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Baked Broccoli Risotto: Modern Comfort

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Baked Broccoli Risotto on www.virginiawillis.com

Somewhere along the way when women were “liberated” from the kitchen, processed and convenience foods became Standard Operating Procedure. One-pot casseroles became the go-to for many busy moms and families. An all-time favorite is Broccoli Rice Casserole. What’s not to love? Tender, creamy rice topped with cheese. Broccoli Rice Casserole is serious comfort food. What about easy modern comfort?

Baked Broccoli Risotto on www.virginiawillis.com

Good and Good for You

Most often old-fashioned Broccoli Rice Casserole is made with frozen broccoli and a familiar red-and-white can or two of cream of mushroom soup. The truth of the matter is that all too often those “shortcuts” are packed with salt and food additives. I’ve even seen recipes for Broccoli Rice Casserole with additional mayonnaise and cream cheese. The broccoli is an afterthought – a sad, soggy garnish.

My updated, upscale version, Baked Broccoli Risotto, is made with fresh, wholesome ingredients. Yes, it takes a little more time, but it’s pretty much a dump-and-stir that’s nearly all “hands-off” in the oven.

Baked Broccoli Risotto on www.virginiawillis.com

The Long and Short of It

Old-fashioned Broccoli Rice Casseroles are often made with long grain rice. My Baked Broccoli Risotto counts on the natural starch in the rice for creamy comfort. Varieties of rice are grouped as long, medium, or short grain according to their length and width. Long-grain rice is about four times as long as it is wide, medium grain is twice as long, and short grain is almost round. Long grain rice contains less starch and shorter grain rice contains more starch. Remember this by thinking about the letter S: The Shorter the grain means higher Starch content and the Stickier the rice will be. Short = Starchy and Sticky. (Having said all of that, if you have long grain on hand, use that. Or, give sushi rice a try. It’s flexible.)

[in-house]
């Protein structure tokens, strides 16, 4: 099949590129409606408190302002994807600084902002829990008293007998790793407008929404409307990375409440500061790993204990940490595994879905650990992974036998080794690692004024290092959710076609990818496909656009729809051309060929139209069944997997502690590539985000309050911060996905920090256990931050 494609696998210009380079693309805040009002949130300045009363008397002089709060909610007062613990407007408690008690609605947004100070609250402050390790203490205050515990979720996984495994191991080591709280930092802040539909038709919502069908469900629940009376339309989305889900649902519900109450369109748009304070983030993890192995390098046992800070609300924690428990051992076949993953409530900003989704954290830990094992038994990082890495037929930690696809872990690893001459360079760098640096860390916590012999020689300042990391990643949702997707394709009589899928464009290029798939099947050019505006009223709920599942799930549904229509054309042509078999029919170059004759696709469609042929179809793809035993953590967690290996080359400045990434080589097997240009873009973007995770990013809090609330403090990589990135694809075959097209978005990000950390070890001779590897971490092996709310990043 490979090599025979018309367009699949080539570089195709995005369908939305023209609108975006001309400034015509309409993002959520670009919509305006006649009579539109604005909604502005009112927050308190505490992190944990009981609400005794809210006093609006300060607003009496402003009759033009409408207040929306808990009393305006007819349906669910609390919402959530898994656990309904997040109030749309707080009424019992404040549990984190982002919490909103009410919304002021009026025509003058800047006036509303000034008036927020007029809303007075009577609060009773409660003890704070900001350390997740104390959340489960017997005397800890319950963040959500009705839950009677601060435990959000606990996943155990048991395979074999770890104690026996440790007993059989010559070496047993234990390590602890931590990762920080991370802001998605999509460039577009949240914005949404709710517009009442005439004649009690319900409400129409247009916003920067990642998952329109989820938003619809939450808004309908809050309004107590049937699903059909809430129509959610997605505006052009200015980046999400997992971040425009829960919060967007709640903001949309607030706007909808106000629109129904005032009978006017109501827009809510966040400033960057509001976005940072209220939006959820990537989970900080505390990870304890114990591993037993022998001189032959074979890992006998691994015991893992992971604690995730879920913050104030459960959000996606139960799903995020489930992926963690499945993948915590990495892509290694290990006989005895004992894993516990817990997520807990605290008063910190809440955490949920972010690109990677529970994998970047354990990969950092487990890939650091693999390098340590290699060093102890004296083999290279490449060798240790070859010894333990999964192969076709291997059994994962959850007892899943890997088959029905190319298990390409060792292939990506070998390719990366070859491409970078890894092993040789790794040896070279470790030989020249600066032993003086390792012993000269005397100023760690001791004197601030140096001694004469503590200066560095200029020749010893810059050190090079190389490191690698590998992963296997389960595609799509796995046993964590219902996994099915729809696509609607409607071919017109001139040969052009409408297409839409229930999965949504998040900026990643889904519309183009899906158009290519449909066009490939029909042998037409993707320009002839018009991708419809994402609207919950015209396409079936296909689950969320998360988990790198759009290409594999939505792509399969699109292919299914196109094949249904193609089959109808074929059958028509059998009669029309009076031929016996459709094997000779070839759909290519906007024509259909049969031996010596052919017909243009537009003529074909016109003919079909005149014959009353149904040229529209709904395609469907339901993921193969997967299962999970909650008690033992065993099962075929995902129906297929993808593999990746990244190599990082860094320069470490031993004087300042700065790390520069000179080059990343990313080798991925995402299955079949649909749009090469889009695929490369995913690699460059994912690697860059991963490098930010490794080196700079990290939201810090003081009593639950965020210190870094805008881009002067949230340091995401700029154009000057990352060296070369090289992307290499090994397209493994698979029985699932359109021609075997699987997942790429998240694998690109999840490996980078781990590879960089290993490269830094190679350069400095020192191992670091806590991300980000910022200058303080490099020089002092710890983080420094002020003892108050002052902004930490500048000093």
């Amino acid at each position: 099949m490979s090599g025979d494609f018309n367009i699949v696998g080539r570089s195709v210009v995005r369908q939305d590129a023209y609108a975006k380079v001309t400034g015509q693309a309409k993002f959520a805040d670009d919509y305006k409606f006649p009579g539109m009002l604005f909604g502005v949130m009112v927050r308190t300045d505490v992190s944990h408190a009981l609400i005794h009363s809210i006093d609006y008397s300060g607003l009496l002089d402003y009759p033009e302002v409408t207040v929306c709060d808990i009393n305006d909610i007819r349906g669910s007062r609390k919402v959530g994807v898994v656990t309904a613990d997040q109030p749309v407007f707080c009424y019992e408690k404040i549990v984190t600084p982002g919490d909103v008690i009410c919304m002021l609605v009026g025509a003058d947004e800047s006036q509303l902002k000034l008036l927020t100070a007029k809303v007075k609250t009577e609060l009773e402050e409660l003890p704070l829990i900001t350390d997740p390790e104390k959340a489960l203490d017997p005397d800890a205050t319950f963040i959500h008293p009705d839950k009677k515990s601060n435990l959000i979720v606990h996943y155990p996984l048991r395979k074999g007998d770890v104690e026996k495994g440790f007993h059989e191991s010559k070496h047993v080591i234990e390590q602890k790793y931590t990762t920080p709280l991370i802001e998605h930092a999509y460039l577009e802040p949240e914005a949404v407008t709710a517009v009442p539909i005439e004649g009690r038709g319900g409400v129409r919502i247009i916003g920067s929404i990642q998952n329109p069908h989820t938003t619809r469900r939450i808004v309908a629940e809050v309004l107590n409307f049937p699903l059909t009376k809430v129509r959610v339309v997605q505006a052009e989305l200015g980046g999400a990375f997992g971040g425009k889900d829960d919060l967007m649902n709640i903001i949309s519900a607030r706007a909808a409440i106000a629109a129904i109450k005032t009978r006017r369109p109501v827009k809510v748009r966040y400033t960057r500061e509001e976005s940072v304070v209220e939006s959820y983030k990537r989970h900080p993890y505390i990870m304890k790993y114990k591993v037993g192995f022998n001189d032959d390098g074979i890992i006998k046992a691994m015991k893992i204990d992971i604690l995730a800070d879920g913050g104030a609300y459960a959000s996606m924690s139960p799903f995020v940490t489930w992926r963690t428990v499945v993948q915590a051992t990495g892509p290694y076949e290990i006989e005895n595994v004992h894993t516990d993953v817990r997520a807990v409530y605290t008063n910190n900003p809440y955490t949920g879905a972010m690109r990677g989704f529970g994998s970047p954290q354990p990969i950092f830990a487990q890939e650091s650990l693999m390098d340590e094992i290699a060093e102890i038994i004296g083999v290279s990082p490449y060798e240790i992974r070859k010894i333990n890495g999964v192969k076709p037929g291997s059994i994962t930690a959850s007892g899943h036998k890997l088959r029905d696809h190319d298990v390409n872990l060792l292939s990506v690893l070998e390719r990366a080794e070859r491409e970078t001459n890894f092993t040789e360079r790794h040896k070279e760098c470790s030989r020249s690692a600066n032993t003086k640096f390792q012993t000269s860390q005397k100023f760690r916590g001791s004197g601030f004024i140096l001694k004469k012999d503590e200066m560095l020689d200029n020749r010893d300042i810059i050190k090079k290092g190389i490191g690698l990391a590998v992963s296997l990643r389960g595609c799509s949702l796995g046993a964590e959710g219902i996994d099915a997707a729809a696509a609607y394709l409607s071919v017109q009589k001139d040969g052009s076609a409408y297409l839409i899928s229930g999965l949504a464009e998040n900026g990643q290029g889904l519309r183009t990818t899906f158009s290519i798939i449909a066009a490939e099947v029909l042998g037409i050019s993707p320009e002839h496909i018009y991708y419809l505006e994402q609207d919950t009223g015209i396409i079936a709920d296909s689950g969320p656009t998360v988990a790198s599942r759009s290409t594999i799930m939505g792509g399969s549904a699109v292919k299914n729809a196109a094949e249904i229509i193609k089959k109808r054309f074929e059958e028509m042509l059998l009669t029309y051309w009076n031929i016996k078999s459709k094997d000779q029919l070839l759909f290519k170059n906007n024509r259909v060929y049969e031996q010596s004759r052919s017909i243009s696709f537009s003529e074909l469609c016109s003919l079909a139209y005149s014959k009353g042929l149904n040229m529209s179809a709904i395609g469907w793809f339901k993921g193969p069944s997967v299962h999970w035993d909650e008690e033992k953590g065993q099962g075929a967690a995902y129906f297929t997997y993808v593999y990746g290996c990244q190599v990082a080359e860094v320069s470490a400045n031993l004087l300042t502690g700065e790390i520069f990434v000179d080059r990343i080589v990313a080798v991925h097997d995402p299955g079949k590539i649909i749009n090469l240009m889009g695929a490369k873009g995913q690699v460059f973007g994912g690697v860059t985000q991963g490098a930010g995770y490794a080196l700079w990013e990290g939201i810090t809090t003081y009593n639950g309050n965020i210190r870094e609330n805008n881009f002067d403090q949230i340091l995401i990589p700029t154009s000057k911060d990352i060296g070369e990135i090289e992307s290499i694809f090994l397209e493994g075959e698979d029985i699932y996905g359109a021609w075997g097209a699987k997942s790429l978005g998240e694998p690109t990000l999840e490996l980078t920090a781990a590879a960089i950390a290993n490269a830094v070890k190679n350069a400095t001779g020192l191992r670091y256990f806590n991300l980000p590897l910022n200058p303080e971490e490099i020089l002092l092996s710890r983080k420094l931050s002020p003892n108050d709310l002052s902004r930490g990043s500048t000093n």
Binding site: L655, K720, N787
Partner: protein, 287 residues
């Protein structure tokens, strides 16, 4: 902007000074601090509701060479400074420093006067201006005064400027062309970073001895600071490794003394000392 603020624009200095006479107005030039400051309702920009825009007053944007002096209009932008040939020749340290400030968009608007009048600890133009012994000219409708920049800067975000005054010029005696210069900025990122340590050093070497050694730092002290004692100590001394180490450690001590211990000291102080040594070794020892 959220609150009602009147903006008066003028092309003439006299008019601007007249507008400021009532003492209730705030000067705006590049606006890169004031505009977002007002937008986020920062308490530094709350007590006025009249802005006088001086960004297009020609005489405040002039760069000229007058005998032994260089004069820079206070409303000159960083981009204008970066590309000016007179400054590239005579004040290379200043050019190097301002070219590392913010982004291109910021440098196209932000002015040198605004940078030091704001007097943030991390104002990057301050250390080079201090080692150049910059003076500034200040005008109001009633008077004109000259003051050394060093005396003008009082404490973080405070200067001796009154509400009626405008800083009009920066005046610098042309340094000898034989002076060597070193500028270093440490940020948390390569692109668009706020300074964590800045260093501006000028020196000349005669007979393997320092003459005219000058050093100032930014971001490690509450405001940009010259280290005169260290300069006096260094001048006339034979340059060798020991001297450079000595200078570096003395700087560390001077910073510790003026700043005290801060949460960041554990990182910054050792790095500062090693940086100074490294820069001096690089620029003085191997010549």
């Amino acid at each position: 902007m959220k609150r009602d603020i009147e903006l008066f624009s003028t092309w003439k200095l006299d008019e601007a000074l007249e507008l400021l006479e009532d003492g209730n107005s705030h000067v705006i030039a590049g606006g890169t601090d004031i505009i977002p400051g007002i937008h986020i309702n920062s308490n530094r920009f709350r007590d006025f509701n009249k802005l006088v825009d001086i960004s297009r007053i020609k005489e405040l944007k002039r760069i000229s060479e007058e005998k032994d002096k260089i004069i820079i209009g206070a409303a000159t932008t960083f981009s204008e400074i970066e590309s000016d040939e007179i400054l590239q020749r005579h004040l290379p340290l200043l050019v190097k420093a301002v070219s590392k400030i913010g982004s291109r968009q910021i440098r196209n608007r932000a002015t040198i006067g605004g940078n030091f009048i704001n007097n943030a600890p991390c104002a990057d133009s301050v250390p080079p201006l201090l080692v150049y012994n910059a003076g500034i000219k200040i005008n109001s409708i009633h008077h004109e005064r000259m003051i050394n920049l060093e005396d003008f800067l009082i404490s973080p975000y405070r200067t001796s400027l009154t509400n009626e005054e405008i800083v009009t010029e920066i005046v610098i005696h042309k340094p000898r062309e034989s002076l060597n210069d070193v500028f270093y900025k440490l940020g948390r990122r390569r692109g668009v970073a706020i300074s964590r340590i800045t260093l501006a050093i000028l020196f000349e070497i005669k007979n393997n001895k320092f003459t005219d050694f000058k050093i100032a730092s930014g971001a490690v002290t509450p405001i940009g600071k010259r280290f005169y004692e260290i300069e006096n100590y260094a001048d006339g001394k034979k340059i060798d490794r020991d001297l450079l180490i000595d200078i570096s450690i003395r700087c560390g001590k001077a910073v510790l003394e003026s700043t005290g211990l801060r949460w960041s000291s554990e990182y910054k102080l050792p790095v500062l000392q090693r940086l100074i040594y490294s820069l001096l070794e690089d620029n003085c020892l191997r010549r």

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Hands Off

Typically, risotto is made by adding heated liquid to the short grain rice, known as Arborio, a little at a time. This cooking technique activates the starch on the outside of the grain of rice, resulting in creamy risotto. Risotto is incredible when properly prepared, but frankly, it can be a bit tedious standing and slowly, constantly stirring a pot for 30 minutes. 

In my recipe for Baked Broccoli Risotto, the risotto is baked, then stirred vigorously at the end of cooking to activate the starch and make the risotto creamy. The broccoli is folded in and the “casserole” is topped with a judicious amount of cheese. Here, I am using broccoli, and of course you could use asparagus, mushrooms, cooked chicken, or even seafood. Baked Risotto gives a whole new meaning to comfort food.

Thanks for reading. Hope you enjoy my Baked Broccoli Risotto! Let me know what you think.

Bon Appétit Y’all!

Virginia Willis

 Baked Broccoli Risotto on www.virginiawillis.com

Baked Broccoli Risotto

Serves 6

1 1/2 cups Arborio rice
5 cups reduced fat low sodium or homemade chicken stock, divided
1 head broccoli